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Business Week on India’s Rise

November 30th, 2003 · No Comments

[via Reuben] Media coverage always comes in a flurry. A few years ago, China was the toast of the media. Now, it is India’s turn. Business Week has a cover story on what India’s rise means for the global economy:

Quietly but with breathtaking speed, India and its millions of world-class engineering, business, and medical graduates are becoming enmeshed in America’s New Economy in ways most of us barely imagine. “India has always had brilliant, educated people,” says tech-trend forecaster Paul Saffo of the Institute for the Future in Menlo Park, Calif. “Now Indians are taking the lead in colonizing cyberspace.”

This techno take-off is wonderful for India — but terrifying for many Americans. In fact, India’s emergence is fast turning into the latest Rorschach test on globalization. Many see India’s digital workers as bearers of new prosperity to a deserving nation and vital partners of Corporate America. Others see them as shock troops in the final assault on good-paying jobs. Howard Rubin, executive vice-president of Meta Group Inc., a Stamford (Conn.) information-technology consultant, notes that big U.S. companies are shedding 500 to 2,000 IT staffers at a time. “These people won’t get reabsorbed into the workforce until they get the right skills,” he says. Even Indian execs see the problem. “What happened in manufacturing is happening in services,” says Azim H. Premji, chairman of IT supplier Wipro Ltd. “That raises a lot of social issues for the U.S.”

But there’s also a far more positive view — that harnessing Indian brainpower will greatly boost American tech and services leadership by filling a big projected shortfall in skilled labor as baby boomers retire. That’s especially possible with smarter U.S. policy. Companies from GE Medical Systems to Cummins to Microsoft to enterprise-software firm PeopleSoft that are hiring in India say they aren’t laying off any U.S. engineers. Instead, by augmenting their U.S. R&D teams with the 260,000 engineers pumped out by Indian schools each year, they can afford to throw many more brains at a task and speed up product launches, develop more prototypes, and upgrade quality. A top electrical or chemical engineering grad from Indian Institutes of Technology (IITS) earns about $10,000 a year — roughly one-eighth of U.S. starting pay. Says Rajat Gupta, an IIT-Delhi grad and senior partner at consulting firm McKinsey & Co.: “Offshoring work will spur innovation, job creation, and dramatic increases in productivity that will be passed on to the consumer.”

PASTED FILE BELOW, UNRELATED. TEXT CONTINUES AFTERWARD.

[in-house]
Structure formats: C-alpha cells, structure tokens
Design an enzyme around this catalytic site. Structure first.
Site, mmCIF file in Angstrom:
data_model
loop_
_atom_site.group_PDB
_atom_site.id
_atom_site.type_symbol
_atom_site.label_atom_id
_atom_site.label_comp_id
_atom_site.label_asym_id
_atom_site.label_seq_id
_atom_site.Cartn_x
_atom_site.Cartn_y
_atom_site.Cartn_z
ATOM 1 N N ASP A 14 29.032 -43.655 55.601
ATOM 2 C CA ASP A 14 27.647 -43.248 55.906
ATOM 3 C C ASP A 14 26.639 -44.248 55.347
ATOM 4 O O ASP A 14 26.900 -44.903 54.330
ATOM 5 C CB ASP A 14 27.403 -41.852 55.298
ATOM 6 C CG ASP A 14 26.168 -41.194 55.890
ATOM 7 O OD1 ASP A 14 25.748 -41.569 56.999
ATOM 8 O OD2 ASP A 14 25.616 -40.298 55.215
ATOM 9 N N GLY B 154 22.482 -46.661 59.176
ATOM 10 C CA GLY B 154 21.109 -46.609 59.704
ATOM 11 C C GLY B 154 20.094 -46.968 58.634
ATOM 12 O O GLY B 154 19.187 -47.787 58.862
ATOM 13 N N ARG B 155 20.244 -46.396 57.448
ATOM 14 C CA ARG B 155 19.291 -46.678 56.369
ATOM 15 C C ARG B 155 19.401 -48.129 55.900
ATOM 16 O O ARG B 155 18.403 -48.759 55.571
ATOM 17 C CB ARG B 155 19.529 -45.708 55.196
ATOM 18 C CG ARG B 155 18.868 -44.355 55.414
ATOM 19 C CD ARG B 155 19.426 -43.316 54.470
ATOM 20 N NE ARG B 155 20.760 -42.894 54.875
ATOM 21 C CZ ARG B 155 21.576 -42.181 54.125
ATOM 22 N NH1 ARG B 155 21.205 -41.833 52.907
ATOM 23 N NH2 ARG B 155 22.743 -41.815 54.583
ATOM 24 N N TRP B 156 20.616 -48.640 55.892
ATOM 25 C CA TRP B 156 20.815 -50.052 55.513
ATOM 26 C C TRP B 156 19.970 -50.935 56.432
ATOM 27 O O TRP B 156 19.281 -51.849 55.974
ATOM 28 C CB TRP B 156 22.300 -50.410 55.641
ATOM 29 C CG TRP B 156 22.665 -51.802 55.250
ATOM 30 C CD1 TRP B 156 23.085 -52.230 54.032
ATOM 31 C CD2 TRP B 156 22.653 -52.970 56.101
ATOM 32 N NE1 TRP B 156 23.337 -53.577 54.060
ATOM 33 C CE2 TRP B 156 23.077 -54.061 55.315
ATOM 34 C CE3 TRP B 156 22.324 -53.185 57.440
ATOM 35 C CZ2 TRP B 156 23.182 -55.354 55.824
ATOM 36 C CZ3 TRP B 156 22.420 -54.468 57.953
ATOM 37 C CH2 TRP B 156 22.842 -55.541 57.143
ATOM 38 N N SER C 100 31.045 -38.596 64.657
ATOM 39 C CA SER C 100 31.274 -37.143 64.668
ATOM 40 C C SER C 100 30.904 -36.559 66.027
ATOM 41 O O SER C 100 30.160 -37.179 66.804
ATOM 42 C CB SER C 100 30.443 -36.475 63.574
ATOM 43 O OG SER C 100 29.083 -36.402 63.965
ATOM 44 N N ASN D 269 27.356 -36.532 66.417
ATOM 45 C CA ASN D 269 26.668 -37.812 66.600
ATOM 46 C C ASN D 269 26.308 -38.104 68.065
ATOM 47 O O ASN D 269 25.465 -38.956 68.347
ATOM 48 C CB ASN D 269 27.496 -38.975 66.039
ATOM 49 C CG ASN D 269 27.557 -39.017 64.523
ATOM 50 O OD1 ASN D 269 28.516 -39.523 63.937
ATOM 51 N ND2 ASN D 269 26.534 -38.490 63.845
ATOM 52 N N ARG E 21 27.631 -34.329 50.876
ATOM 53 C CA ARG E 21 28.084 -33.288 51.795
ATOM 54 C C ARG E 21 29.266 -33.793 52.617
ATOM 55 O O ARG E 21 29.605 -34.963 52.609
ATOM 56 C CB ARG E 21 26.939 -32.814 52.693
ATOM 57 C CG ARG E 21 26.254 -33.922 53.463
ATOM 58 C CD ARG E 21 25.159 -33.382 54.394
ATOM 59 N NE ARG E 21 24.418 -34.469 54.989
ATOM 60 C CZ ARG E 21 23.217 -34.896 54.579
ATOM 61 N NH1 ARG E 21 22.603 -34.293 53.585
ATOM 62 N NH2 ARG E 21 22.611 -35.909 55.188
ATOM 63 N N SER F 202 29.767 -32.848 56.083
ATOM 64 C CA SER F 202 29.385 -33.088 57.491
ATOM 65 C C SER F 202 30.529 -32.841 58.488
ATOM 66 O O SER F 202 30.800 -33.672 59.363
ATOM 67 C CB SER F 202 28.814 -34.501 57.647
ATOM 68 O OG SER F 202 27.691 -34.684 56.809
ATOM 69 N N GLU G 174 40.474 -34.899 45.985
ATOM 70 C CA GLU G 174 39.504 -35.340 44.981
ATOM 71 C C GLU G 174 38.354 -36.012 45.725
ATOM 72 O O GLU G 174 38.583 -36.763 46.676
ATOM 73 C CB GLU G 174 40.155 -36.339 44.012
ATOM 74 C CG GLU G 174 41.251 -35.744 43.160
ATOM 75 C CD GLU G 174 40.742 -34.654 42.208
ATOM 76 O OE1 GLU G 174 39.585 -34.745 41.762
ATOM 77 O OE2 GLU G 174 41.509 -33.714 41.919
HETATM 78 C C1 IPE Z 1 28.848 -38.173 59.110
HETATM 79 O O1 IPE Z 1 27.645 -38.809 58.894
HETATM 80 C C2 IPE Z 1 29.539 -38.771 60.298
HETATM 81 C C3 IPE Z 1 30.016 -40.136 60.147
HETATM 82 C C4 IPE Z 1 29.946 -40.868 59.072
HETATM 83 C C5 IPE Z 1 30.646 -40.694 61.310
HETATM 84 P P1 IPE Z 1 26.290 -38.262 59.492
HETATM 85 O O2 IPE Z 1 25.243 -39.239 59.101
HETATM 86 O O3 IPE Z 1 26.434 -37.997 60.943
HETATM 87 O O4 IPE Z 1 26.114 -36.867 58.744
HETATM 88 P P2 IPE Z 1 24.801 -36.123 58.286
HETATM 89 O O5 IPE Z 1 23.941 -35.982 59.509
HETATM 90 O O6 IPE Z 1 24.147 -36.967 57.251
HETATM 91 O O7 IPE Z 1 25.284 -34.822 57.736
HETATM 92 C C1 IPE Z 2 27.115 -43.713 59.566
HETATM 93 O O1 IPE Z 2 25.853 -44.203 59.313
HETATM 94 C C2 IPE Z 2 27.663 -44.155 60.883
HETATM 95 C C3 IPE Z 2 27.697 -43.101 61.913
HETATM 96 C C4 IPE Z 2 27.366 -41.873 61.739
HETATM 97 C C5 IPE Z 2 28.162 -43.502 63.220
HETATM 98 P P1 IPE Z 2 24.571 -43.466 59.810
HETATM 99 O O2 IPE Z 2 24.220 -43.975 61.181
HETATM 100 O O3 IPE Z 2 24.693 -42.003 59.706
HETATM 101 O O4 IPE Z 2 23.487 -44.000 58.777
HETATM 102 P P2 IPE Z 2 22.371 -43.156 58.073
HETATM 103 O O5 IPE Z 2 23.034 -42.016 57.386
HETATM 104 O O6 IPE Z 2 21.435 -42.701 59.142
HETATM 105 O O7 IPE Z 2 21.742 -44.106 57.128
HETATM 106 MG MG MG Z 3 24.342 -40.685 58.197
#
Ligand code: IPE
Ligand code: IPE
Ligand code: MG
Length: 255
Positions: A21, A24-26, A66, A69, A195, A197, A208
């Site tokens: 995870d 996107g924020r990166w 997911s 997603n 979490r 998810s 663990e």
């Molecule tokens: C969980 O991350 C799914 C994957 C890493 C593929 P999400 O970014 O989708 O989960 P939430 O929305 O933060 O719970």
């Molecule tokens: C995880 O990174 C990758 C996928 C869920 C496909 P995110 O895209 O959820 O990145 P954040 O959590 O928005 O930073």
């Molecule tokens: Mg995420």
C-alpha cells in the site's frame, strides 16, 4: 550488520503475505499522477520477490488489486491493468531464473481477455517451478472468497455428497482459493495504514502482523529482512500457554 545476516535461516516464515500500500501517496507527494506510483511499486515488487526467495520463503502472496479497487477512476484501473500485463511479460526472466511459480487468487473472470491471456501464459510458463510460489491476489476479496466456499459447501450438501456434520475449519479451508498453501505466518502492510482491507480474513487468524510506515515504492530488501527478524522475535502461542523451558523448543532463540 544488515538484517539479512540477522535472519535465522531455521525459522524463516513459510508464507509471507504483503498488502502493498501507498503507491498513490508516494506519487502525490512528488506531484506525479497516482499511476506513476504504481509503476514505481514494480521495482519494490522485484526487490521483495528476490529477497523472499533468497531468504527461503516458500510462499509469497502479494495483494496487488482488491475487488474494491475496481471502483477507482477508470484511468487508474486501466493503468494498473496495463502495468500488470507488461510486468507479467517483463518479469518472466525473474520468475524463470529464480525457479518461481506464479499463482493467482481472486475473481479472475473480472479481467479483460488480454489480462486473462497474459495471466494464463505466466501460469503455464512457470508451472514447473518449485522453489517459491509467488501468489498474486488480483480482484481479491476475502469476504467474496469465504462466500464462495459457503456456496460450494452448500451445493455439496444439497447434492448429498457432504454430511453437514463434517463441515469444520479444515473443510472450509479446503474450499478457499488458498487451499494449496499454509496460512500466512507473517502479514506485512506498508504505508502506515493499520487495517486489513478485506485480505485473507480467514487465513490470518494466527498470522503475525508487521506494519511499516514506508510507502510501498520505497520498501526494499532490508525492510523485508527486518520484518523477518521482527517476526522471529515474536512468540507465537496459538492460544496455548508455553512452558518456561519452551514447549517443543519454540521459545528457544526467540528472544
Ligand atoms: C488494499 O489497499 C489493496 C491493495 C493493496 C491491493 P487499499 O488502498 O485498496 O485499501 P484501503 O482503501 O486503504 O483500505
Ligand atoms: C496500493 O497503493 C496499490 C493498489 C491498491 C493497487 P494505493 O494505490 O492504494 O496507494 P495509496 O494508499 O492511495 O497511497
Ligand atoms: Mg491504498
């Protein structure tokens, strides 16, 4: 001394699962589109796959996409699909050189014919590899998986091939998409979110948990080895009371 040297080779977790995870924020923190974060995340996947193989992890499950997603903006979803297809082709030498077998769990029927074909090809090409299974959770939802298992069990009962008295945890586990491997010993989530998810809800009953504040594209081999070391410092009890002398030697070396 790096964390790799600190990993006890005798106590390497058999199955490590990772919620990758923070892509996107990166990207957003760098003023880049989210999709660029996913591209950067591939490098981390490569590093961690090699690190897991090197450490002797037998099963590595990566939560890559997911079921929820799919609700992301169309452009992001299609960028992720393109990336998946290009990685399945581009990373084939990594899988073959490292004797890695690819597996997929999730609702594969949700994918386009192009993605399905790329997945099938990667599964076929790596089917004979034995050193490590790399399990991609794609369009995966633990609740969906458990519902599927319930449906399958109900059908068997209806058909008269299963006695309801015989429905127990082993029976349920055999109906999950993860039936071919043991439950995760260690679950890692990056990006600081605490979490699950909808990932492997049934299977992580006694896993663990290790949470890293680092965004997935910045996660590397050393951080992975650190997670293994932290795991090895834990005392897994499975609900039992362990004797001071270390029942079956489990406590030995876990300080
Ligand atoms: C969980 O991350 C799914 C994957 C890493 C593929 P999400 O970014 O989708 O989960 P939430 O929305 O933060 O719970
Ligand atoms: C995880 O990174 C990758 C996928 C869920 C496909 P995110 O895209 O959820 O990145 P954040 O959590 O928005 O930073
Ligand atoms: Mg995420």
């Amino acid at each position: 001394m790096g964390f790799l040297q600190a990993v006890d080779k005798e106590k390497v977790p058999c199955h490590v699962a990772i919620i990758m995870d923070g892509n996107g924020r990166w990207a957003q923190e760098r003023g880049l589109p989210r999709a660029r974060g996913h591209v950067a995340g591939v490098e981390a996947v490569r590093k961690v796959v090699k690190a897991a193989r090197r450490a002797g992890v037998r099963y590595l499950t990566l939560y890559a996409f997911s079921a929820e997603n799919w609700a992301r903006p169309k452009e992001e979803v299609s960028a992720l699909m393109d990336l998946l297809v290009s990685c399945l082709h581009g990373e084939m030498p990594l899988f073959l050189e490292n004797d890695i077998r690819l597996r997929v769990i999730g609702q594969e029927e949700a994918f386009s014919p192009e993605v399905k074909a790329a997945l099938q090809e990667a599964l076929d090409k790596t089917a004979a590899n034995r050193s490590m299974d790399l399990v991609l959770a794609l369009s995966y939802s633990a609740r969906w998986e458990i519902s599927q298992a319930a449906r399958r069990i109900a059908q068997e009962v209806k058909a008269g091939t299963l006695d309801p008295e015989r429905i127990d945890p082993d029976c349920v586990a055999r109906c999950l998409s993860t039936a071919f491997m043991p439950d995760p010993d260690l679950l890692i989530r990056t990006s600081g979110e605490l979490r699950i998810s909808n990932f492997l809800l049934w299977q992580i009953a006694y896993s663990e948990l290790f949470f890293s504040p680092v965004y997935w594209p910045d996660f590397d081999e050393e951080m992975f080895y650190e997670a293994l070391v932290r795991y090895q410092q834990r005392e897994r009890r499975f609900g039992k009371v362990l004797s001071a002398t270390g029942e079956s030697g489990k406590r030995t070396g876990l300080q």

Whether you regard the trend as disruptive or benefical, one thing is clear. Corporate America no longer feels it can afford to ignore India.

India’s IT workers sense an enormous opportunity. The country has long possessed some basics of a strong market-driven economy: private corporations, democratic government, Western accounting standards, an active stock market, widespread English use, and schools strong in computer science and math. But its bureaucracy suffocated industry with onerous controls and taxes, and the best scientific and business minds went to the U.S., where the 1.8 million Indian expatriates rank among the most successful immigrant groups.

Now, many talented Indians feel a sense of optimism India hasn’t experienced in decades.

There is little doubt that India has to change: “If India can turn into a fast-growth economy, it will be the first developing nation that used its brainpower, not natural resources or the raw muscle of factory labor, as the catalyst. And this huge country desperately needs China-style growth. For all its R&D labs, India remains visibly Third World. IT service exports employ less than 1% of the workforce. Per-capita income is just $460, and 300 million Indians subsist on $1 a day or less.”

Tags: Emerging Markets

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